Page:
Connected cars can push insurance premiums down

Published: August 31, 2017

Updated: July 24, 2018

Author: Luke Jones

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Connected cars are part of the future where the vehicle will be a hub for work, entertainment, and communication, while the driving will be taken care of by autonomous technology. Currently, the connected car is a smartphone interacting with an in-car system, but the future will yield different connectivity.

For example, the ability to monitor body functions, interpret voice commands and gauge behaviour patterns. Dr. Ben Miners, vice president innovation, Intelligent Mechatronic Systems (IMS), maker of IMS DriveSync, spoke to AUTO Connected Car about the possibilities for connected vehicles.

IMS DriveSync is a connected car platform used by insurance companies and transportation departments. Waterloo, Ontario-based IMS uses its system to manage bodily functions like hunger, using a Bluetooth connection between the car and wearable device.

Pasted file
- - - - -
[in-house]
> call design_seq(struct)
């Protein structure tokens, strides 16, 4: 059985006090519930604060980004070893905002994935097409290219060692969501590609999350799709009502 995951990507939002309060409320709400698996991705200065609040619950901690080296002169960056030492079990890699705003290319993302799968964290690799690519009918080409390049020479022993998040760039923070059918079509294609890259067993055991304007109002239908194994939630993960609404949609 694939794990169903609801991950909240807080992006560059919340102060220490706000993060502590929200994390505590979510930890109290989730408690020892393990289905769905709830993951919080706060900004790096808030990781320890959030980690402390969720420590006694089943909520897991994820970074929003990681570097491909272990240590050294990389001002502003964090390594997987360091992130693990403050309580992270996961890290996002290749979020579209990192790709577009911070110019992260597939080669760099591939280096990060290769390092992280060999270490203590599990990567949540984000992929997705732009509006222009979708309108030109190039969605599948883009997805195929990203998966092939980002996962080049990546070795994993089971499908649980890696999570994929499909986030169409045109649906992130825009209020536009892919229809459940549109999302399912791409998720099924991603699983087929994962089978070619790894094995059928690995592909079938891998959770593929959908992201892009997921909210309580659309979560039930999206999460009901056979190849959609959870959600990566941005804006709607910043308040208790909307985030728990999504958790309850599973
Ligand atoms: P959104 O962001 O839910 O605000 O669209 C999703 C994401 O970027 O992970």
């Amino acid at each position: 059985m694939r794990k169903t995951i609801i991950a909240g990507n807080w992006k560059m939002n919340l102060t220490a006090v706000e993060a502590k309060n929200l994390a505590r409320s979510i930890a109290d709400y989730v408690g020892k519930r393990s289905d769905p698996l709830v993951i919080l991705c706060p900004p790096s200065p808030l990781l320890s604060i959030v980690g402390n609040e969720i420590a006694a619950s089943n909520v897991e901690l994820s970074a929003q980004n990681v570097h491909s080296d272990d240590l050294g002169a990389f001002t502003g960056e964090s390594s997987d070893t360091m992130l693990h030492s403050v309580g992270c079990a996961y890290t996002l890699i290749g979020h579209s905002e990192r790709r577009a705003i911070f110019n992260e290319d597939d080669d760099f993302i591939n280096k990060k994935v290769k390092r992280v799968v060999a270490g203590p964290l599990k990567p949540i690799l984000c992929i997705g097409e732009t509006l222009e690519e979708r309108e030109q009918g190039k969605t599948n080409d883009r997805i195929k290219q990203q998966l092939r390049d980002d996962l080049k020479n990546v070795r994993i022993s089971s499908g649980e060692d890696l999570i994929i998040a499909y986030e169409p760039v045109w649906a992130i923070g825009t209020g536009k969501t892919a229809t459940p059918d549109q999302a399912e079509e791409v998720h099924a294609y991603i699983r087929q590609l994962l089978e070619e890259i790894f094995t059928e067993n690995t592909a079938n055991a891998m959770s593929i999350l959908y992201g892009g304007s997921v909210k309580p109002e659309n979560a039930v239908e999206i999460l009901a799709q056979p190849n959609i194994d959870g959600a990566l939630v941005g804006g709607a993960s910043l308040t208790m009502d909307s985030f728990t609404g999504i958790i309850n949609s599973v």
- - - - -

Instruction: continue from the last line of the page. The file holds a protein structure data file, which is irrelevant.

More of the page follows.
This could have a medical application, such as alerting the driver if glucose levels drop too low. The vehicles could also monitor sleep patterns and abnormal heart rates and issue voice warnings to vehicle occupant.

“The glucose level feature can be helpful to diabetics, long haul truck drivers or any driver, depending on their willingness to be monitored,” said Dr. Miners.

DriveSync technology currently offers voice notifications as a coaching method for better driving. Users will get insurance benefits from such implementations as insurers would be more likely to offer discounts to drivers under such monitoring.